associated exhibition

Frieze London | Main

Matt Bollinger| Prudence Flint | Atsushi Kaga | Hannah Levy | Yuko Mohri | Noel McKenna | Mairead O’hEocha | Yuri Pattison

13 - 17 October 2021

Frieze London | Main

Matt Bollinger| Prudence Flint | Atsushi Kaga | Hannah Levy | Yuko Mohri | Noel McKenna | Mairead O’hEocha | Yuri Pattison

13 - 17 October 2021

mother’s tankstation’s Frieze London 2021 presentation features major new works by eight highly distinctive artists, that together articulate the philosophical and polemical complexities of the gallery’s programme over two venues, Dublin & London, located in two increasingly different countries that share an entangled history: Ireland, resolutely European/global in outlook, and an increasingly ‘introspective’ UK. Coincidentally 2021 marks both the practical implementation of Brexit, and the one-hundredth anniversary of the signing of the Anglo-Irish treaty, triggering the independence of the Republic of Ireland from Great Britain. Geographically speaking both countries remain inextricably linked – married by culture and history, but as the popular adage goes; are increasingly separated by a shared language. To acknowledge this, a curated presentation looks towards artists who exhibit complex relationships with the idea of ‘nationhood’ and foregrounds works that observe the outward/inward dialectic of the world. Matt Bollinger’s (USA) paintings empathetically depict the disengagement of white, working-class, Middle America. Prudence Flint (AUS) and Atsushi Kaga (JP), very differently, look at culture, isolation and self-containment. Hannah Levy (USA) makes sleek anthropomorphised objects that equally repel and attract. Yuko Mohri’s (JP) kinetic sculptures mimic irregularities in infrastructures in post-Fukushima Japan. Noel McKenna (AUS), explores the psychology of ‘interior’ domesticity, Yuri Pattison (IE) questions the veracity of provided information and queries ‘universalities’ we once took for granted. Mairead O’hEocha’s (IE) paintings reflect the specifics of (non)place, simultaneously affirming and negating the unique and universal.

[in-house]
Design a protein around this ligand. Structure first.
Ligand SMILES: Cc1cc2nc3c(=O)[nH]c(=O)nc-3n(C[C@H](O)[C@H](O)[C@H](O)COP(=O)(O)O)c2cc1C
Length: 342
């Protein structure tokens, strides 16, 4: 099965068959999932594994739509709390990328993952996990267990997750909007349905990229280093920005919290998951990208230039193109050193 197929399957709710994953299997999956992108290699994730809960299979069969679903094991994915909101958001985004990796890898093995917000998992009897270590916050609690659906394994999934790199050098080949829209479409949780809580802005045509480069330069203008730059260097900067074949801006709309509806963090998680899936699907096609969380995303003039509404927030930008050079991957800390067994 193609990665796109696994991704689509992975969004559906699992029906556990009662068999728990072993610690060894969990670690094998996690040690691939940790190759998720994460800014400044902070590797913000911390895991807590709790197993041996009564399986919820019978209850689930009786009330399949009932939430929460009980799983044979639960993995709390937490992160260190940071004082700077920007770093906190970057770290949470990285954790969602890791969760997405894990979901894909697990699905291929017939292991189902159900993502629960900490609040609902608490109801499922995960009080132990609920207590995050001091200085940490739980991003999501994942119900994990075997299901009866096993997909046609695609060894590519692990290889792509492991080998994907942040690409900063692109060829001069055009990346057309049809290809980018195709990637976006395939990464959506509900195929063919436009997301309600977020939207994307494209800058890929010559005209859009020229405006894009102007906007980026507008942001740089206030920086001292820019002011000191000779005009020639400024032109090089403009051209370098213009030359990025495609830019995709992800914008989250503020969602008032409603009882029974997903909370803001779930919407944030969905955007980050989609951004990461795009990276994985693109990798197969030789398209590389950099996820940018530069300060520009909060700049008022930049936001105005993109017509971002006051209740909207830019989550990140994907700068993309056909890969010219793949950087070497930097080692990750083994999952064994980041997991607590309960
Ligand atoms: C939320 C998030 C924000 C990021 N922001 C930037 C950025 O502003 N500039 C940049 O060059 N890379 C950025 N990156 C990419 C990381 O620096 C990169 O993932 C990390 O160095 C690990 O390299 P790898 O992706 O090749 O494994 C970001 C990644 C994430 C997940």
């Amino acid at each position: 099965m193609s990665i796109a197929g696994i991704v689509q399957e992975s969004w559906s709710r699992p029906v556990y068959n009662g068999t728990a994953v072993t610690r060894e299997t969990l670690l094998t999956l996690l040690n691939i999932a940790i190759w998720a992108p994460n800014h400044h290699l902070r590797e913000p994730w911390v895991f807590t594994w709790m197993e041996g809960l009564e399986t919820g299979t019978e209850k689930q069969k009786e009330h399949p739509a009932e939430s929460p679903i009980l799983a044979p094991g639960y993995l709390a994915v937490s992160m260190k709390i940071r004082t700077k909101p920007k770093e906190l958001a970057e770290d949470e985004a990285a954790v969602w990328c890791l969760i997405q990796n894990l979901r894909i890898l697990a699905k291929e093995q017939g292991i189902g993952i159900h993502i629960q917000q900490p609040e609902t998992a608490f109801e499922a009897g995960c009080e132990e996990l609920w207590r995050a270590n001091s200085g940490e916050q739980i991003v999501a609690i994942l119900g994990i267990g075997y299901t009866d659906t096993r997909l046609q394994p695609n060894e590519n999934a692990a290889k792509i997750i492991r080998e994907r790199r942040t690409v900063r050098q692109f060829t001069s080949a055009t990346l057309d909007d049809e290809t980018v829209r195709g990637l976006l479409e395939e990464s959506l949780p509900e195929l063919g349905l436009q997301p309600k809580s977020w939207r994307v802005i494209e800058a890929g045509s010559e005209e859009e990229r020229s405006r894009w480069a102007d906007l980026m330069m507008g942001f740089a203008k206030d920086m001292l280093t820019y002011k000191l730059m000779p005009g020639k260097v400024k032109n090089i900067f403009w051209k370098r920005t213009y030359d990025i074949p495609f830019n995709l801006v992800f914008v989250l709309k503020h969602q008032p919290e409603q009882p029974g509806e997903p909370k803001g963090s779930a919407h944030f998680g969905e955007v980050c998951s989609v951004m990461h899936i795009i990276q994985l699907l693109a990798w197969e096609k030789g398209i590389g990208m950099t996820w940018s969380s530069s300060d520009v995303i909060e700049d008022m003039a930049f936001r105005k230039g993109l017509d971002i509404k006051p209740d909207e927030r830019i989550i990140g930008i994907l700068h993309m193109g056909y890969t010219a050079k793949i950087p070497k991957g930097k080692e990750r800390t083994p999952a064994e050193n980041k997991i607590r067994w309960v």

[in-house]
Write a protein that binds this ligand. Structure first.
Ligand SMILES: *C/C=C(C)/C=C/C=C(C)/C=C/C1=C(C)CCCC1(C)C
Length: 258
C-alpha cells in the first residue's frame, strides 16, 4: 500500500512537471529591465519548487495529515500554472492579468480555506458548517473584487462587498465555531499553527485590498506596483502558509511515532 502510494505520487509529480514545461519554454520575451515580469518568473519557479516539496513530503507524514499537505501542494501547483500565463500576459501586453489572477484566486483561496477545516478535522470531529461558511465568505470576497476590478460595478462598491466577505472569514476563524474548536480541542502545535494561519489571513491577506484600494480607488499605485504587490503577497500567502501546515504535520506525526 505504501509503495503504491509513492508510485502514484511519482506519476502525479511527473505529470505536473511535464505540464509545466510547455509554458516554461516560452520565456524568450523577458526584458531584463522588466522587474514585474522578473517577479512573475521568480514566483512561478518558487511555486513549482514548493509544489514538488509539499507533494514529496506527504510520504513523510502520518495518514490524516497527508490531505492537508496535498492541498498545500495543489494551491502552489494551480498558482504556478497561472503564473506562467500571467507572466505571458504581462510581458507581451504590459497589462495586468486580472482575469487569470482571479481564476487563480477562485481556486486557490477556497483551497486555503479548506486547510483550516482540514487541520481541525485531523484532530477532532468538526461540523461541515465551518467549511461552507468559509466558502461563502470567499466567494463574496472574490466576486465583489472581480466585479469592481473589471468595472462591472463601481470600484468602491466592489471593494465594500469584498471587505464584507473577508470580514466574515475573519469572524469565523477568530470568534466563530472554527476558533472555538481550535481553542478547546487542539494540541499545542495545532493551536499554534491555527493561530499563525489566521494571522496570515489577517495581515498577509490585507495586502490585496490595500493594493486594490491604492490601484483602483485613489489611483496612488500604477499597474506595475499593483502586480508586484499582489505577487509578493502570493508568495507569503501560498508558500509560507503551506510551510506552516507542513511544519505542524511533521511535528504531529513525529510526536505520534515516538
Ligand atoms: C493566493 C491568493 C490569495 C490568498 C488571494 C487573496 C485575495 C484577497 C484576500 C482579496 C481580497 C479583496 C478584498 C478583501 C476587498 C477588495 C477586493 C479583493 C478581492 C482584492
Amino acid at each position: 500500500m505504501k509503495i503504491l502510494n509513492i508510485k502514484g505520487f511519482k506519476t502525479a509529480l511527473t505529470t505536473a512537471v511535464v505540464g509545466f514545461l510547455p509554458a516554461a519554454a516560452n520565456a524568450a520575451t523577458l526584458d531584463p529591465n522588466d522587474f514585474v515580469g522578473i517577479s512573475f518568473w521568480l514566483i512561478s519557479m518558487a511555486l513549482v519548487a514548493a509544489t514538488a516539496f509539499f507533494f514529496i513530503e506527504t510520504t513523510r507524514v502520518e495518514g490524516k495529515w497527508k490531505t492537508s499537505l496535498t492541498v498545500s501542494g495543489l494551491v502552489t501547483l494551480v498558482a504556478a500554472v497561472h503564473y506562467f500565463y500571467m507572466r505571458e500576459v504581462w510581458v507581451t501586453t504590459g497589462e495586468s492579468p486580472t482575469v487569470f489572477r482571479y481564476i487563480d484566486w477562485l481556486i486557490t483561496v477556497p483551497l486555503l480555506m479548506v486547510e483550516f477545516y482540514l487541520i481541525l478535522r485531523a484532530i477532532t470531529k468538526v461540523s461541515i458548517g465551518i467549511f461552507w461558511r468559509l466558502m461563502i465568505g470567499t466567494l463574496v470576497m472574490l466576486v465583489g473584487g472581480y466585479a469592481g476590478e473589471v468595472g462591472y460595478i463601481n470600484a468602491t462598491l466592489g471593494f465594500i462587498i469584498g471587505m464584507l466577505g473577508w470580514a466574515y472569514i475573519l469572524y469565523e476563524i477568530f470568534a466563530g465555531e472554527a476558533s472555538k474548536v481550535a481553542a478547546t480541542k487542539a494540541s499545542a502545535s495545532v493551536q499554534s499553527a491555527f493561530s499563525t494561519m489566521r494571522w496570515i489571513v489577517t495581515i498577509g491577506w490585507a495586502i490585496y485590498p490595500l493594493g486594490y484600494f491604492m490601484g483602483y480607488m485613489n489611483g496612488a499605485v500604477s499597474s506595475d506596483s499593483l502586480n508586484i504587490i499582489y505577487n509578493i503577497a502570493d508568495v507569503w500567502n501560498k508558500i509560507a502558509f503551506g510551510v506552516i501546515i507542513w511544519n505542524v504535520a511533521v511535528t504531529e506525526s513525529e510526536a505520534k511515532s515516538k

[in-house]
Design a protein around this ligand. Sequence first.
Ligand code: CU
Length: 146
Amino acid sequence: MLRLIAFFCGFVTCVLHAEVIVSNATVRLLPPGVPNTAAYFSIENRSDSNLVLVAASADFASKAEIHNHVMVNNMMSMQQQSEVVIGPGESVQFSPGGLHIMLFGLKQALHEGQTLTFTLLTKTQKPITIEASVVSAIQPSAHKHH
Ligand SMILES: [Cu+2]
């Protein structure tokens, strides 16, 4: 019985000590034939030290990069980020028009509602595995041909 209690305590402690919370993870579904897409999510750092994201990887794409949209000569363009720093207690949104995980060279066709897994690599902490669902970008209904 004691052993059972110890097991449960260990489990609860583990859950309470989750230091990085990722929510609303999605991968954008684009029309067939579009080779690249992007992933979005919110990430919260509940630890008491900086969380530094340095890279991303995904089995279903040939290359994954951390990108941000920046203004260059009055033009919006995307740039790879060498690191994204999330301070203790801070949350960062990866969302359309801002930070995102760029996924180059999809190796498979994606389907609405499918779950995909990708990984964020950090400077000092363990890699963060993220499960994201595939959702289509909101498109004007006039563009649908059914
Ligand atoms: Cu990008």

Atsushi Kaga’s recent paintings look poetically at loneliness and companionship. They merge the forms and symbolisms of 17th century European ‘Vanitas’ and the decorative, natural stylisations of the Kyoto Rinpa School – which during the exclusionist Edo period was thought to be too open to western influence. The paintings turn inwards to Kaga’s archetypal ‘self-portraits’ via his alter ego, Usacchi, who in keeping with Manga story-telling tradition, is a roguish rabbit ‘trickster’. Púcaí (ancient Irish) are shape-shifting folkloric creatures, common through ancient Egypt and Greece, to Africa and America, where it reappears as the Brer Rabbit stories, passed through generations of African American slaves. In all iterations, the ‘underdog’ betters its masters.

Matt Bollinger is a painter of evident socio-political conscience, who according to the poet John Yau, captures the disenfranchised, purposelessness white, working class, middle American “like no other artist of his generation”. The problem of purpose-torn societies, demonstrating increasingly narrow world-views is hardly exclusive to Middle America but common across the globe. With uncommon sensitivity, Bollinger respectfully depicts his subjects with empathy rather than satire.